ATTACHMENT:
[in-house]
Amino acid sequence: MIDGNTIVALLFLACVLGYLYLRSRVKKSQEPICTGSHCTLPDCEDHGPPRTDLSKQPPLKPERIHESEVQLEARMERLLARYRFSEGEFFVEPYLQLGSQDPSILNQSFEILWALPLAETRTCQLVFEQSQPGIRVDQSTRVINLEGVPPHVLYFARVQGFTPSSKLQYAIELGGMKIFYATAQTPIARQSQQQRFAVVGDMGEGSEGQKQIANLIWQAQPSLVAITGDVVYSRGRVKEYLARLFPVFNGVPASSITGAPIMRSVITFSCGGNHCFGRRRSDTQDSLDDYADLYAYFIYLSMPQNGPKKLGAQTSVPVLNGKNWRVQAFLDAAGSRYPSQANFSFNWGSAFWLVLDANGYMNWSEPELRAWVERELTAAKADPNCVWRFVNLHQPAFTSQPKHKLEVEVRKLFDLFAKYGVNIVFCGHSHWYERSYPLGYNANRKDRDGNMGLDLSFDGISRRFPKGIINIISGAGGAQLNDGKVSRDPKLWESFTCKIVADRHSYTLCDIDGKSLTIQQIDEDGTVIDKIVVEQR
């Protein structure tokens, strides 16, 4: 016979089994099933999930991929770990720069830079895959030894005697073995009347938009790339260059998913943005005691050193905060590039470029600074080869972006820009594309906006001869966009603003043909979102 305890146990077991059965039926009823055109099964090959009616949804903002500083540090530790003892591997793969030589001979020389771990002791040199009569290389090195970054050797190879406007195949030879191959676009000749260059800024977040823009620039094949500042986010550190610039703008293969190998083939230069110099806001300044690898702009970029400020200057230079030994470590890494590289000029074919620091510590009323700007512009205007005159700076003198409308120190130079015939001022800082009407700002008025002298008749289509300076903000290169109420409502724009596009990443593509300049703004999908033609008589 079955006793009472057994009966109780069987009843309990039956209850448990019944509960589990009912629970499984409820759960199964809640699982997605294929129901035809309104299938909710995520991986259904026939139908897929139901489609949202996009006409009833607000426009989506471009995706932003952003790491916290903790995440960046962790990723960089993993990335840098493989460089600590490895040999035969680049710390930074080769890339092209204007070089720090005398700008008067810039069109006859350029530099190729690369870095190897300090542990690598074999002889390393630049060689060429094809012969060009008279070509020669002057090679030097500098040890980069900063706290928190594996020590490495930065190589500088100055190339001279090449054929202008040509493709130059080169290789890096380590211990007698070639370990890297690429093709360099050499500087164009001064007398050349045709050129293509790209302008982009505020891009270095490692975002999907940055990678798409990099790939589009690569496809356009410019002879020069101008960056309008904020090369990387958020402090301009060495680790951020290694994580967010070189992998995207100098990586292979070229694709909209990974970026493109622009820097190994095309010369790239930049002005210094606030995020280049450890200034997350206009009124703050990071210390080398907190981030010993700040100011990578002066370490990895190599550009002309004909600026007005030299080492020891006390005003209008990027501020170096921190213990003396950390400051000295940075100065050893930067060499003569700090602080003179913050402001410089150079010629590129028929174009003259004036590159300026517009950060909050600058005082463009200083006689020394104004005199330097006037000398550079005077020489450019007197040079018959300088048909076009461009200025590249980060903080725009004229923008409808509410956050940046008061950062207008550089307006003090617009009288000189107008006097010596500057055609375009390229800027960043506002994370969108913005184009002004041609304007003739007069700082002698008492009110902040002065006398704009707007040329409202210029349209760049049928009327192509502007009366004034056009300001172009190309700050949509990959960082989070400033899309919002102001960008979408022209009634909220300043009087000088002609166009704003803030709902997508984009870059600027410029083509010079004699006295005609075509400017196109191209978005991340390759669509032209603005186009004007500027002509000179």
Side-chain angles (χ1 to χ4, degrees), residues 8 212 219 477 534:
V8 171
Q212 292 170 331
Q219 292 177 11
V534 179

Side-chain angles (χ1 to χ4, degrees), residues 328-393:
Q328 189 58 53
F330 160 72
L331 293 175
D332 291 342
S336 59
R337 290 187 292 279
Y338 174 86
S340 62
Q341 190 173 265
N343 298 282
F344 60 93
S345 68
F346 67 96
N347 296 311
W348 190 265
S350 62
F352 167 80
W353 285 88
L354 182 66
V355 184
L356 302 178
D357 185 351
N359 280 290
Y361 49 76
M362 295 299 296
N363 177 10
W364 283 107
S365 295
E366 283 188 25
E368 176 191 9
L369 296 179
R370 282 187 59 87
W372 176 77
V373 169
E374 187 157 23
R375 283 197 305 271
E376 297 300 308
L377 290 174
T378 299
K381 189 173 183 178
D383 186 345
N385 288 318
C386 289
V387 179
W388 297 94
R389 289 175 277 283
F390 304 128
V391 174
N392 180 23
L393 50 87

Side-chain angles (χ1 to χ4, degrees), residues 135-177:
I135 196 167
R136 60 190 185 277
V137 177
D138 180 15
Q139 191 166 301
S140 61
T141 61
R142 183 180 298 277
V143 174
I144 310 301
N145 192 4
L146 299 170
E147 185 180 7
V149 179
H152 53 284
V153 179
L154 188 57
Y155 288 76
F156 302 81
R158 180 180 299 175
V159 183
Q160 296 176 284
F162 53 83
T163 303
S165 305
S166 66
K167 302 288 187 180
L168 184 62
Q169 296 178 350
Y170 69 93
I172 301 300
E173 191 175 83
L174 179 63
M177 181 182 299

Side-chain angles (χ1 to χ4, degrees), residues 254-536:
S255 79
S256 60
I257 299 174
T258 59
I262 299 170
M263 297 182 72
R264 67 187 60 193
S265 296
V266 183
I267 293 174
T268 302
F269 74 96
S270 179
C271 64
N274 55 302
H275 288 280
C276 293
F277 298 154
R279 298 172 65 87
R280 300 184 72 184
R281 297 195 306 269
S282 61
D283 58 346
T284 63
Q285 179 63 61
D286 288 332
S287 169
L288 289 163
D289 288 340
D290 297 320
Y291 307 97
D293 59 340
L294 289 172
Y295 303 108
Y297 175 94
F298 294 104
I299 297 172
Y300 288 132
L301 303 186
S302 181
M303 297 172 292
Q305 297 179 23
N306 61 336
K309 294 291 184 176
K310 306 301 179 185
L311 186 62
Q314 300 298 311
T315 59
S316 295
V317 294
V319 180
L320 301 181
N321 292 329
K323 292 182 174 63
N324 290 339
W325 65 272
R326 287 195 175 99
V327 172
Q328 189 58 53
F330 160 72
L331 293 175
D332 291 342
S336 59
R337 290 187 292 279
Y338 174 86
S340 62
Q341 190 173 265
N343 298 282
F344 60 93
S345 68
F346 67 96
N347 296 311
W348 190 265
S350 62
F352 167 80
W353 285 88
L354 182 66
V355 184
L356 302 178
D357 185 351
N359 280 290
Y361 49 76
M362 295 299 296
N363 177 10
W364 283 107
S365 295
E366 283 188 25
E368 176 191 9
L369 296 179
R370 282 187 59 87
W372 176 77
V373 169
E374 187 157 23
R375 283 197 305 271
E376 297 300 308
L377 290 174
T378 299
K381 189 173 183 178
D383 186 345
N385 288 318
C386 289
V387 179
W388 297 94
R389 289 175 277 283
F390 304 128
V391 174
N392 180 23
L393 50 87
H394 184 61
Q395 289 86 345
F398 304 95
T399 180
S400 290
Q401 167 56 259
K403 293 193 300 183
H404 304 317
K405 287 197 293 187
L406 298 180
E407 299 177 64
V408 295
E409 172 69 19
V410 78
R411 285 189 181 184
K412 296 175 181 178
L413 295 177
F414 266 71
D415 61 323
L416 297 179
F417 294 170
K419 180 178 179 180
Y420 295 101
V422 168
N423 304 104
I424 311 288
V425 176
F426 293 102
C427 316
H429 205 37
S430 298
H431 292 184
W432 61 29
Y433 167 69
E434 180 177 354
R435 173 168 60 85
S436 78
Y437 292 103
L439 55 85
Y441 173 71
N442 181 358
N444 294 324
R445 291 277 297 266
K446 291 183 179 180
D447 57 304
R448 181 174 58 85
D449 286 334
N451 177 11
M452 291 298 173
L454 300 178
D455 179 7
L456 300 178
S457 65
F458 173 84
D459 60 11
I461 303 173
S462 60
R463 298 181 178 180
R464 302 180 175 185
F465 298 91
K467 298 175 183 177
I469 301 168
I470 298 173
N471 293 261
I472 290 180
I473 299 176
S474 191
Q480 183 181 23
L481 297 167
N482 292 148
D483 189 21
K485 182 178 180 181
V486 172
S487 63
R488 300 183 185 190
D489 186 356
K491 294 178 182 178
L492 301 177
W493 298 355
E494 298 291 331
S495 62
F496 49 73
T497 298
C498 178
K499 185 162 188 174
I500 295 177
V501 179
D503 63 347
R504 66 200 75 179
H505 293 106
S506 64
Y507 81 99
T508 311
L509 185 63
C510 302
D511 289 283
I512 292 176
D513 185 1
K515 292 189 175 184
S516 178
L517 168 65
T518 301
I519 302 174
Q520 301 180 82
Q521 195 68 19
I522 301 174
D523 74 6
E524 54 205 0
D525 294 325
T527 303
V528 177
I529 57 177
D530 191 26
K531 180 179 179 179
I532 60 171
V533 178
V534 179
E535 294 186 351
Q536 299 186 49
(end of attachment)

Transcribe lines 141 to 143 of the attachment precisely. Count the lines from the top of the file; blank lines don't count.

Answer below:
L311 186 62
Q314 300 298 311
T315 59